The Percentage Isn't Magic
Trent on Facebook asks what percentage of his income he should put into savings each month. Dave asks him how much wealth he wants to have.
QUESTION: Trent on Facebook asks what percentage of his income he should put into savings each month. Dave asks him how much wealth he wants to have.
ANSWER: How quickly do you want to be wealthy? The more you save, the more money you’re going to have. There are a lot of different percentages and things floating around. I figured out years ago that I want you to put every dollar you can squeeze out of your budget into savings until you have $1,000. That’s Baby Step 1.
Then, in Baby Step 2, I want you to put nothing into savings—not any retirement, not anything. Stop saving money completely and focus on clearing your debt. List your debts smallest to largest—everything but the house—and attack the smallest debt and work your way right down that list until you’re debt-free, everything but the house. You do that with focused intensity that’ll just go crazy. You sell so much stuff the kids think they’re next. You’re not going to see the inside of a restaurant unless you’re working there. You cut your lifestyle to scorched earth, and you clean out your debt.
Once you’re debt-free but the house, then what percentage do I want you to put in savings? Everything you can! I want you to continue your intensity and your tight budget until you raise that $1,000 account up to a fully funded emergency fund of three to six months of expenses. A fully funded Grandma’s rainy-day fund of three to six months of expenses. That’s Baby Step 3.
Then what percentage should you save? In Baby Step 4, you put 15% of your income into retirement. That’s Roth IRAs and matching 401(k)s as your first steps. After that, non-matching 401(k)s or 403(b)s—that kind of stuff. Above that, I want you to save money in Baby Step 5 for your kids’ college. In Baby Step 6, any other money you get, I don’t want you to save it. I want you to pay your mortgage off as fast as you can.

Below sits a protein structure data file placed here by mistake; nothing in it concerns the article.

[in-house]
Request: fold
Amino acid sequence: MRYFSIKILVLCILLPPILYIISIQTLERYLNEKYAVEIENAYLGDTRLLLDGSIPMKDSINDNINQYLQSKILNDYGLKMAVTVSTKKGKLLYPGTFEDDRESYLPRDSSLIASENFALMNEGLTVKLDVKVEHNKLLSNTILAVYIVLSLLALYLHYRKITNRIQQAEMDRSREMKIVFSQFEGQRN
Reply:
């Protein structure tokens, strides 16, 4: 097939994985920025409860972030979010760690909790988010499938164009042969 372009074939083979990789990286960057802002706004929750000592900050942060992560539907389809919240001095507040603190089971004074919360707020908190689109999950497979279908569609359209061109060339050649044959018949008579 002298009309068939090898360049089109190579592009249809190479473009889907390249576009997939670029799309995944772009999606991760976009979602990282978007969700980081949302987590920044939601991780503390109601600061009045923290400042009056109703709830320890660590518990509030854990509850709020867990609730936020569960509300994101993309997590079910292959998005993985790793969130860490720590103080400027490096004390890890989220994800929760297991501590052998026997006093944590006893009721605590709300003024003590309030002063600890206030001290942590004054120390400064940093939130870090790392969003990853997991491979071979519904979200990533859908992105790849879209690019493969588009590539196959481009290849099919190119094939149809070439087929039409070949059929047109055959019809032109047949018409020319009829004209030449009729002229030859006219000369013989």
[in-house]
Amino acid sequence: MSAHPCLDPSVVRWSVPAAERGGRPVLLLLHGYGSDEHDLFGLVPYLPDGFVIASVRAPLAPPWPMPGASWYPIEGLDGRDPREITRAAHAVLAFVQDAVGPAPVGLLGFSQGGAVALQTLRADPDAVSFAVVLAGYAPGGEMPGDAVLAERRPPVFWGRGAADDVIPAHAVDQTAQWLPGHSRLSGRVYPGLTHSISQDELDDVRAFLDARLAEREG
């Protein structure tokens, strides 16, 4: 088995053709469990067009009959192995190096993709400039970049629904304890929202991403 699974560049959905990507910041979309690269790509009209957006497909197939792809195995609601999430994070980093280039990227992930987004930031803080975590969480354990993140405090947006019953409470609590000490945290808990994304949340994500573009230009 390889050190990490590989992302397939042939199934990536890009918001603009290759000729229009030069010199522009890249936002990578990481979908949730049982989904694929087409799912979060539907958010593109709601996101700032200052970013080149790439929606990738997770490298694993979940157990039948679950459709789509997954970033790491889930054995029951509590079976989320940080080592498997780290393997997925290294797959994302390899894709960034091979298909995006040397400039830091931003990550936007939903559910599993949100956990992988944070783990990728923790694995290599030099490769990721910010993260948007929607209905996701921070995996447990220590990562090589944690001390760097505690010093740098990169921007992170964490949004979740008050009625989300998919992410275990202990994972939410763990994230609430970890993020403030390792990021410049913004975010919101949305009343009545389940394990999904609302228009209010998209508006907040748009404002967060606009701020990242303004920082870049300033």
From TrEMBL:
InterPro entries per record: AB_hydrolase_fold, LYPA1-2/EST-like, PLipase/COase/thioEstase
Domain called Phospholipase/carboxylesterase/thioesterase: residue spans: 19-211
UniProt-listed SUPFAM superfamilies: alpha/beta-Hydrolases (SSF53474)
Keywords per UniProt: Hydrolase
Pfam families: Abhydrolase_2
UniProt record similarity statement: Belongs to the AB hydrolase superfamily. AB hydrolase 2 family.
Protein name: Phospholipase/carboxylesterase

The average family working these six Baby Steps brings them to Baby Step 7, which is debt-free including the house, with retirement, and college underway. On average, the house and everything is paid off in about seven years.
So what percentage should you save? Everything in Baby Step 1, nothing in Baby Step 2, everything in Baby Step 3—as much as you can. It’s not a percentage that’s magic. Then I tell you 15% just to give you a guideline and say you need to do a healthy amount toward retirement while you do college while you pay off the house. Baby Steps 4, 5 and 6 you’re doing at the same time. The great evangelist John Wesley said if you will give 10% and save 10% and live on 80%, you will always have a good life. You’ll retire with dignity, you’ll have a good spiritual walk, you’re at least tithing 10%, which is a Christian term or Jewish term obviously, so you’re going to give 10% to your local church or synagogue. And you save 10%. If you’ll always do that, you’ll be okay. That would be true except for these people who are so deep in debt they can’t breathe, and it’s hard to save 10% and give 10% if you’re broke because you’ve got two big freaking car fleece payments and a student loan that’s been around so long you think it’s a pet.